A senior cancer surgeon Sudip Sarker lied through his interview to land a £100,000 per year hospital job.
The wealthy medic exaggerated his experience to secure the post as a Consultant Colorectal Surgeon at Alexandra Hospital in Redditch, with an emphasis on laparoscopic procedures – keyhole surgery.
When many disproportionate patients were suffering complications also four deaths were later linked to the consultant.
Prosecutor Jacob Hallam outlined the case at Worcester Crown Court.
Sarker applied for the job at Worcestershire Acute Hospitals Trust (WAHT) in June 2011, after previously working at hospitals in the south of England and the Whittington Hospital in London.
The focus of the one fraud charge came after the doctor told an interview panel that he had performed 85 ‘laparoscopic sigmoid colectomies’, including 51 independently, with just a three per cent complication rate.
Mr Hallam said: “In truth, he had performed perhaps six of these operations independently. His assertion was a lie, told to further his own career. And it worked. He got the job.”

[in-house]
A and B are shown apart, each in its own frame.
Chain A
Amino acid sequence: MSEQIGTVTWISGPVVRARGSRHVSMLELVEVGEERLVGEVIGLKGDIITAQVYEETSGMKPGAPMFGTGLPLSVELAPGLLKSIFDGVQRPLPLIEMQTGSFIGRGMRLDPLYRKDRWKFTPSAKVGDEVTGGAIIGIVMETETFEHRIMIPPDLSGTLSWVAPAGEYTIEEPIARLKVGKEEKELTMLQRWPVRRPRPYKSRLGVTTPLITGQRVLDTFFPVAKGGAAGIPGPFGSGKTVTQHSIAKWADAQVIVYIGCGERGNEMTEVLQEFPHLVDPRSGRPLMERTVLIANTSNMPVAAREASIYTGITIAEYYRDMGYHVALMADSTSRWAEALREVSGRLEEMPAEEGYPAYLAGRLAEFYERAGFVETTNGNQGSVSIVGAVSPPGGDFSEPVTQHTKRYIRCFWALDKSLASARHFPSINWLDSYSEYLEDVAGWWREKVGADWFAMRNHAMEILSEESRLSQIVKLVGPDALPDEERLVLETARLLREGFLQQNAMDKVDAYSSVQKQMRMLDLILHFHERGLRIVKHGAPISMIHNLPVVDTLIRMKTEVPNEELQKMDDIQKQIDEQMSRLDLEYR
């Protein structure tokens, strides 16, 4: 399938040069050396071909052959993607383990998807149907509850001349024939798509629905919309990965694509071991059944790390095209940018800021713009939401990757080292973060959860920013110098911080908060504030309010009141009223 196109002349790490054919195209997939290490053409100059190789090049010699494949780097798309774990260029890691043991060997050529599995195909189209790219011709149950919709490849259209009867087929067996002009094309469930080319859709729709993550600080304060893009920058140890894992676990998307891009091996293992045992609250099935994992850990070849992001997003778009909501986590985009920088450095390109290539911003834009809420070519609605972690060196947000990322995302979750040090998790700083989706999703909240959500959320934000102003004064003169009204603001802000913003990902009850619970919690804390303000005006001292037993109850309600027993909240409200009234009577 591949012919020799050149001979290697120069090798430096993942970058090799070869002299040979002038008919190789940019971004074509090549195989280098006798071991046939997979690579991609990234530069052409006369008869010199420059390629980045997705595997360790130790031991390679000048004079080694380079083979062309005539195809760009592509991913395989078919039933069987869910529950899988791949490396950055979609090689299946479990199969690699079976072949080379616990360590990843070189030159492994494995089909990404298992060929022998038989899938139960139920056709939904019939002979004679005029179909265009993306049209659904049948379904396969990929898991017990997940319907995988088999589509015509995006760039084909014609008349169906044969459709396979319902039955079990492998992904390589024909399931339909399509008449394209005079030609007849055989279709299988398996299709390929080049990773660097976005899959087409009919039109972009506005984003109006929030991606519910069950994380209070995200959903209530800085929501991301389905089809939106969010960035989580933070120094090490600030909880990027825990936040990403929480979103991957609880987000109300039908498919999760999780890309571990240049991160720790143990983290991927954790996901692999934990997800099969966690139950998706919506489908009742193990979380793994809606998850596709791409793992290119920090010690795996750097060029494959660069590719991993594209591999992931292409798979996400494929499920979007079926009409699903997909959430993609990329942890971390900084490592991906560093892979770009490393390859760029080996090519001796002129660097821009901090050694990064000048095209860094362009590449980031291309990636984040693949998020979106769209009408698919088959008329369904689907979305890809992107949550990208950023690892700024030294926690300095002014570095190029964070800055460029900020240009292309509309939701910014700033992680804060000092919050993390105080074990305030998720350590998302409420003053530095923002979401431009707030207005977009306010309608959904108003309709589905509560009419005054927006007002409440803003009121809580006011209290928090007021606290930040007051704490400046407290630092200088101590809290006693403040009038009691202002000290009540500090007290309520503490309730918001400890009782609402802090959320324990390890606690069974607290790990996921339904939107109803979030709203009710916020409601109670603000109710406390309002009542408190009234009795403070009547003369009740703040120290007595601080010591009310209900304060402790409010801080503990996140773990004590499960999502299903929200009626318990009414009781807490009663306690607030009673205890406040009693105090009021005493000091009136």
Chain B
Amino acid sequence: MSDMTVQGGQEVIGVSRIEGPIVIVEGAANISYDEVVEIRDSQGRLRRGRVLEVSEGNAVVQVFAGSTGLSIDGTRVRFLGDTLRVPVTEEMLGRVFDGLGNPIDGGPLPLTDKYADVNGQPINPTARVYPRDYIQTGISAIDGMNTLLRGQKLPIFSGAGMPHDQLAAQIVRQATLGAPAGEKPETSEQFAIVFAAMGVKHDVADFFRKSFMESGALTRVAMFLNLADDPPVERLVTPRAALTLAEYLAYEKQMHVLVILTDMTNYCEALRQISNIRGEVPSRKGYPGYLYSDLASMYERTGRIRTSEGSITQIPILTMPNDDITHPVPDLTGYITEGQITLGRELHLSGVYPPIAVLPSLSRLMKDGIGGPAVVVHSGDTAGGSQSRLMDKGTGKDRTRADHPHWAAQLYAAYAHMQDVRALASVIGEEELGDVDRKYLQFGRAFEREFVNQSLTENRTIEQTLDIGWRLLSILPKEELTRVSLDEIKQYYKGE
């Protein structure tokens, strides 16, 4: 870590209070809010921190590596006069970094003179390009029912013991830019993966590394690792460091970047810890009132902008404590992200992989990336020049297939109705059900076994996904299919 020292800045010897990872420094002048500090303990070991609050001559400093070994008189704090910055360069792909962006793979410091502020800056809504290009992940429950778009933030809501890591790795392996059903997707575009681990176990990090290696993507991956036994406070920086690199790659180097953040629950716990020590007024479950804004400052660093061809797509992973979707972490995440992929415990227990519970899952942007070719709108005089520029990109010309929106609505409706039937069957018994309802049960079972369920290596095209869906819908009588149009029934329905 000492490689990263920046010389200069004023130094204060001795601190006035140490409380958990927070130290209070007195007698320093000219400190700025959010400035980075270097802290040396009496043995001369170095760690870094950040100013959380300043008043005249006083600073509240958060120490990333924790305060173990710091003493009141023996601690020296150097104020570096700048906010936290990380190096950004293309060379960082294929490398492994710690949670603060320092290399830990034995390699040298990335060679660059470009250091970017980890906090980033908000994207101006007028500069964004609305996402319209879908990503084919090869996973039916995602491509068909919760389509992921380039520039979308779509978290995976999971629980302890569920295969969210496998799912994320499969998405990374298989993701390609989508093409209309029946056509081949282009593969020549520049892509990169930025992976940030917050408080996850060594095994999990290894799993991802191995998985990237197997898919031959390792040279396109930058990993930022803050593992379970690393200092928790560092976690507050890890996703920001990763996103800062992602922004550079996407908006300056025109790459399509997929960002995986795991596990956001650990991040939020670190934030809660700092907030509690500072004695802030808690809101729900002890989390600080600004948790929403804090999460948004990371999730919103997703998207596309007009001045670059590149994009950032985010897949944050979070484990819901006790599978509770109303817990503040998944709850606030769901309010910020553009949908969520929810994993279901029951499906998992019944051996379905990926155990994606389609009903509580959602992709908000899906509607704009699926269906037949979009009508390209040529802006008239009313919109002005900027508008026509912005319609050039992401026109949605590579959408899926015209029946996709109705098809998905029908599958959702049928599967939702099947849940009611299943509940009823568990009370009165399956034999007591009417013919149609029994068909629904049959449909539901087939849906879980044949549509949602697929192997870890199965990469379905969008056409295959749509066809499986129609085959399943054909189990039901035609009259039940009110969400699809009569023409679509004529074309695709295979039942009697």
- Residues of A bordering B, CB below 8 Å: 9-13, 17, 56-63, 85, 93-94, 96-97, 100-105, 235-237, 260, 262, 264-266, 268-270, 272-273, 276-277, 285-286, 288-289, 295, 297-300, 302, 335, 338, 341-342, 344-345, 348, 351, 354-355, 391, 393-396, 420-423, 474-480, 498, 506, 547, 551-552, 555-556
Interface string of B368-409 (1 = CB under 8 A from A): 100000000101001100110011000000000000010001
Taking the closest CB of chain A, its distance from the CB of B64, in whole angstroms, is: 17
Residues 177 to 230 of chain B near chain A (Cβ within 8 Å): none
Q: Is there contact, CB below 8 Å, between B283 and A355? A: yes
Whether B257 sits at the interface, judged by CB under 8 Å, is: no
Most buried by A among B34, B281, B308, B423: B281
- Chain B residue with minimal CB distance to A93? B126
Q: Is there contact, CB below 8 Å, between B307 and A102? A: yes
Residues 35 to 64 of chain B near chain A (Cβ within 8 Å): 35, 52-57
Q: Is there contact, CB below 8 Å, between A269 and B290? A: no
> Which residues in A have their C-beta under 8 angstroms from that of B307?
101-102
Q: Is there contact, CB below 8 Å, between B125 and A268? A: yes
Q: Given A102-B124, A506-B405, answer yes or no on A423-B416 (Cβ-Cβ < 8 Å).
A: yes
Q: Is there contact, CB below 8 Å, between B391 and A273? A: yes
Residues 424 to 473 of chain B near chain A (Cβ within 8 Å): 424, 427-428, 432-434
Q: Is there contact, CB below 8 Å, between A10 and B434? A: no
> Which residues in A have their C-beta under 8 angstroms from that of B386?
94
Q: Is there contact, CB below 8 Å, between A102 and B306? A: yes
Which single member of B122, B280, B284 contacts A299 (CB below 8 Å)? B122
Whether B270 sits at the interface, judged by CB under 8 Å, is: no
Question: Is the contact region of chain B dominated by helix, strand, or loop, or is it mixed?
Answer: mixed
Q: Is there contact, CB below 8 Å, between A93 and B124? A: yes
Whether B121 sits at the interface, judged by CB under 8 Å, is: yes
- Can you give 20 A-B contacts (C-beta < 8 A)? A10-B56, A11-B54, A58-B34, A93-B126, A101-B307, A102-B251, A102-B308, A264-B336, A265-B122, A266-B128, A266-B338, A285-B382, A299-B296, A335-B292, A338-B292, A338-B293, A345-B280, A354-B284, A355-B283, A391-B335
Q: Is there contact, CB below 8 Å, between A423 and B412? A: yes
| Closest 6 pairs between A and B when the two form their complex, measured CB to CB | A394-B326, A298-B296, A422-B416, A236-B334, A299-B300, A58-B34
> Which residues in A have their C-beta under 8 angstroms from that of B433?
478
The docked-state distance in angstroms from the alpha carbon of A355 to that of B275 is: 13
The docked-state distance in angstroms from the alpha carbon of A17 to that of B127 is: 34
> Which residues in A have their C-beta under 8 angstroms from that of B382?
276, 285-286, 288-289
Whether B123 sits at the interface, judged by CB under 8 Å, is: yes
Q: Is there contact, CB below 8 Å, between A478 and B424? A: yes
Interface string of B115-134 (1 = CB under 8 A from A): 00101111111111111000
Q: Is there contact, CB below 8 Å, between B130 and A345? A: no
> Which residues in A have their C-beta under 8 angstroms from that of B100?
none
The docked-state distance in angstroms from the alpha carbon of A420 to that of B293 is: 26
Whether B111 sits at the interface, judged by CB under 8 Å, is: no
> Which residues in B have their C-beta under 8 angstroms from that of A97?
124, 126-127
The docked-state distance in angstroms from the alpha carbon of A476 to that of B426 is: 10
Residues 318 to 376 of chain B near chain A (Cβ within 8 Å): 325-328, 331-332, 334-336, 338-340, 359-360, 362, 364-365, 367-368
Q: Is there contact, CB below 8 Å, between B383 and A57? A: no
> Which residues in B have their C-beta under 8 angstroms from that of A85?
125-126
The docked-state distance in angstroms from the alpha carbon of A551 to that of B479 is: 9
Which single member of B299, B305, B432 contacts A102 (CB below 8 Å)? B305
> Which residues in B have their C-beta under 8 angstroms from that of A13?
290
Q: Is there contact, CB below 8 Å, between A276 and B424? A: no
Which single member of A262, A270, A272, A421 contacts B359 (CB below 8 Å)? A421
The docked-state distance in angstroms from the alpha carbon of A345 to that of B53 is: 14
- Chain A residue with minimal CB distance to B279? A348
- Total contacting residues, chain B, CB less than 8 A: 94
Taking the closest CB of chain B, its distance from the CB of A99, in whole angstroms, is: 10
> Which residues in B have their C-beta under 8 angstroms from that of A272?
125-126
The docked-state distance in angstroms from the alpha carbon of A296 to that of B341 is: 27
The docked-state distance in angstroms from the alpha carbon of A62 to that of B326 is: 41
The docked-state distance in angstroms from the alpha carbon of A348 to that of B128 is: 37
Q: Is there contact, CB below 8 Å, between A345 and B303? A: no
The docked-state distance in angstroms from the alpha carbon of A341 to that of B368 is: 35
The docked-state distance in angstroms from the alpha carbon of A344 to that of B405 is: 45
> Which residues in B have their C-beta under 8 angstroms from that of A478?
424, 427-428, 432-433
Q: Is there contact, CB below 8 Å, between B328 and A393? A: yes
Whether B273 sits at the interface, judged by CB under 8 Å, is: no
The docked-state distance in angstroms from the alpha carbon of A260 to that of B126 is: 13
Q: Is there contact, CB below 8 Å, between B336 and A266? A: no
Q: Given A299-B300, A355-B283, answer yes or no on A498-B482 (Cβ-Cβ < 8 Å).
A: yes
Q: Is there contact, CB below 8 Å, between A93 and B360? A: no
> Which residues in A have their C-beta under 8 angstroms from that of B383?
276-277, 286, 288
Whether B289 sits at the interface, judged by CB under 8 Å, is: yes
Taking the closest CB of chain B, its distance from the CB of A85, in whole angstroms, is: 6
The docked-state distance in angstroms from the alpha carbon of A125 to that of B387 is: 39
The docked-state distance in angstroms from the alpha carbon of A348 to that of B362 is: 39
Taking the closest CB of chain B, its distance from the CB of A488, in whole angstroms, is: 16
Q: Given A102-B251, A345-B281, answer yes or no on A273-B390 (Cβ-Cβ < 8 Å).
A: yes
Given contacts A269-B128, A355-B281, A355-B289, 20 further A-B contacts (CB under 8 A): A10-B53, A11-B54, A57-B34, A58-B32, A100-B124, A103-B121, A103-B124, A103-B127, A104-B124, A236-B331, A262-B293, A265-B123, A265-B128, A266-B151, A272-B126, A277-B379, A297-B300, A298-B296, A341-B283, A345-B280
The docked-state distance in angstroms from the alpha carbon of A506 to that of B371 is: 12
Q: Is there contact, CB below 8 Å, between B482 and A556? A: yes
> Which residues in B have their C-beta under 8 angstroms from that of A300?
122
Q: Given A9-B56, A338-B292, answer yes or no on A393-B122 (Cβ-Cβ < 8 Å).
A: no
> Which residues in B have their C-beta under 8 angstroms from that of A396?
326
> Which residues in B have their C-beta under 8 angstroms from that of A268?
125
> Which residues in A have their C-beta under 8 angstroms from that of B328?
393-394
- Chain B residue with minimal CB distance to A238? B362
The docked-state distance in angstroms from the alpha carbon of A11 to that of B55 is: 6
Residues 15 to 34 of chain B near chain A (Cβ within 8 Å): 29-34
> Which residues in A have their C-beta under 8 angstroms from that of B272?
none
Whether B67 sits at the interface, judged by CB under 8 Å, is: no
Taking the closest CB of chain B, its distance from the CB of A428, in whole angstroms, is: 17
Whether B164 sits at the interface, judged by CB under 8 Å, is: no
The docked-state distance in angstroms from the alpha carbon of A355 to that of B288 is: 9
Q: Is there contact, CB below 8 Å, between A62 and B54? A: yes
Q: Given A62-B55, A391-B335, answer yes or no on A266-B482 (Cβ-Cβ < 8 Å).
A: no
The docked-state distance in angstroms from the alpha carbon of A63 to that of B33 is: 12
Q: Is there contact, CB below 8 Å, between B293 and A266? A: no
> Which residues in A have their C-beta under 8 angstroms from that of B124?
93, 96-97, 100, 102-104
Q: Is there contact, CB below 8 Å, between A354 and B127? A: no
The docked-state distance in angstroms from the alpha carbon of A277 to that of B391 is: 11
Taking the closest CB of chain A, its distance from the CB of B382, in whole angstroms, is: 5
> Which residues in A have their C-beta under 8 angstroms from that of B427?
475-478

The court also heard most of Sarker’s laparoscopic experience operating on people was post 2009. Most of his laparoscopic experience up until 2006 was in wet labs – and involved procedures on pigs.
Sarker started his job at the Alex in August 2011.
Sarker was suspended from his post in June 2012 by the General Medical Council.
Mr Hallam told the jury: “The defendant told the panel that he had eight years laparoscopic experience.
“He was asked by Mr Wilson, the representative from the RCS, what his favourite laparoscopic procedure was, to which he replied ‘sigmoid colectomies’.
“You will appreciate that that answer, centred on laparoscopic surgery was precisely in keeping with the ‘person specifications’ requirement of laparoscopic expertise.”
Mr Hallam said:”He told the defendant that the Trust wanted to appoint someone who could ‘hit the ground running’.
“The defendant said that he was the right man for the job. He showed Dr Purser his logbook and represented to him that he had done over 70 laparoscopic colonic resections.”
Sarker was charged with one count of fraud, namely claiming extensive laparoscopic colorectal surgical experience intending to make a gain for himself by way of his employment and the associated salary.
He was found guilty of fraud after a two-week trial which saw a number of former colleagues give evidence, including Mr Purser – who branded Sarker a ‘pathological liar’.